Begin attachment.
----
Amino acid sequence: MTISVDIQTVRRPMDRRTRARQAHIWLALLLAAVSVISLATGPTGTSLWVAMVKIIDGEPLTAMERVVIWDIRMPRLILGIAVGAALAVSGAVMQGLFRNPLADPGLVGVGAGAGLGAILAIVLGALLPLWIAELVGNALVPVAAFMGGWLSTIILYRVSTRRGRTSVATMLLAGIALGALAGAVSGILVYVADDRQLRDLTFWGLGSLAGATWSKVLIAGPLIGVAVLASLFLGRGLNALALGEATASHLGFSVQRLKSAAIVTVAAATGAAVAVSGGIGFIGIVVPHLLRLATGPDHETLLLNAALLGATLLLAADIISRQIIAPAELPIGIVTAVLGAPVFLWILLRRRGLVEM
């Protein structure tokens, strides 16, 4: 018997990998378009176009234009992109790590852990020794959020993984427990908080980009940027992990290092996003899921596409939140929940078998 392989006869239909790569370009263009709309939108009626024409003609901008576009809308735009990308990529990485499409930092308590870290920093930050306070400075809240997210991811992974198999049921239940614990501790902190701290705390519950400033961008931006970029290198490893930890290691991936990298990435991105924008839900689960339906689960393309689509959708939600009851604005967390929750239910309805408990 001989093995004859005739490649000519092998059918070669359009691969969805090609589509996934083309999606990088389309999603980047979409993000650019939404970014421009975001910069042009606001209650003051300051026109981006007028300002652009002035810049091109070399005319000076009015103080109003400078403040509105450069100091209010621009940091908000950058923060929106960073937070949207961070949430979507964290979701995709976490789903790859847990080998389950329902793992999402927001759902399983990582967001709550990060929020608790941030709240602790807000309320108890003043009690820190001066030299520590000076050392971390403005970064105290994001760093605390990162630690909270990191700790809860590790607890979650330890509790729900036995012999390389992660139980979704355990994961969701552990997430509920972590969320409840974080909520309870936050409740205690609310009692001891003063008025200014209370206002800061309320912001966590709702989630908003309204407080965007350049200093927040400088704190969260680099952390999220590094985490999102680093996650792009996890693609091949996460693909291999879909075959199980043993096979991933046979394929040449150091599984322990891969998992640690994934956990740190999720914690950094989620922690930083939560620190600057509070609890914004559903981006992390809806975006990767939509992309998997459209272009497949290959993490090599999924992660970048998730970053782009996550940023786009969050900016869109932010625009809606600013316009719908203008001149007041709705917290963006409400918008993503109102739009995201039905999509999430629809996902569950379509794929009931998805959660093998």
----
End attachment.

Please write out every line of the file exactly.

Amino acid sequence: MTISVDIQTVRRPMDRRTRARQAHIWLALLLAAVSVISLATGPTGTSLWVAMVKIIDGEPLTAMERVVIWDIRMPRLILGIAVGAALAVSGAVMQGLFRNPLADPGLVGVGAGAGLGAILAIVLGALLPLWIAELVGNALVPVAAFMGGWLSTIILYRVSTRRGRTSVATMLLAGIALGALAGAVSGILVYVADDRQLRDLTFWGLGSLAGATWSKVLIAGPLIGVAVLASLFLGRGLNALALGEATASHLGFSVQRLKSAAIVTVAAATGAAVAVSGGIGFIGIVVPHLLRLATGPDHETLLLNAALLGATLLLAADIISRQIIAPAELPIGIVTAVLGAPVFLWILLRRRGLVEM
């Protein structure tokens, strides 16, 4: 018997990998378009176009234009992109790590852990020794959020993984427990908080980009940027992990290092996003899921596409939140929940078998 392989006869239909790569370009263009709309939108009626024409003609901008576009809308735009990308990529990485499409930092308590870290920093930050306070400075809240997210991811992974198999049921239940614990501790902190701290705390519950400033961008931006970029290198490893930890290691991936990298990435991105924008839900689960339906689960393309689509959708939600009851604005967390929750239910309805408990 001989093995004859005739490649000519092998059918070669359009691969969805090609589509996934083309999606990088389309999603980047979409993000650019939404970014421009975001910069042009606001209650003051300051026109981006007028300002652009002035810049091109070399005319000076009015103080109003400078403040509105450069100091209010621009940091908000950058923060929106960073937070949207961070949430979507964290979701995709976490789903790859847990080998389950329902793992999402927001759902399983990582967001709550990060929020608790941030709240602790807000309320108890003043009690820190001066030299520590000076050392971390403005970064105290994001760093605390990162630690909270990191700790809860590790607890979650330890509790729900036995012999390389992660139980979704355990994961969701552990997430509920972590969320409840974080909520309870936050409740205690609310009692001891003063008025200014209370206002800061309320912001966590709702989630908003309204407080965007350049200093927040400088704190969260680099952390999220590094985490999102680093996650792009996890693609091949996460693909291999879909075959199980043993096979991933046979394929040449150091599984322990891969998992640690994934956990740190999720914690950094989620922690930083939560620190600057509070609890914004559903981006992390809806975006990767939509992309998997459209272009497949290959993490090599999924992660970048998730970053782009996550940023786009969050900016869109932010625009809606600013316009719908203008001149007041709705917290963006409400918008993503109102739009995201039905999509999430629809996902569950379509794929009931998805959660093998």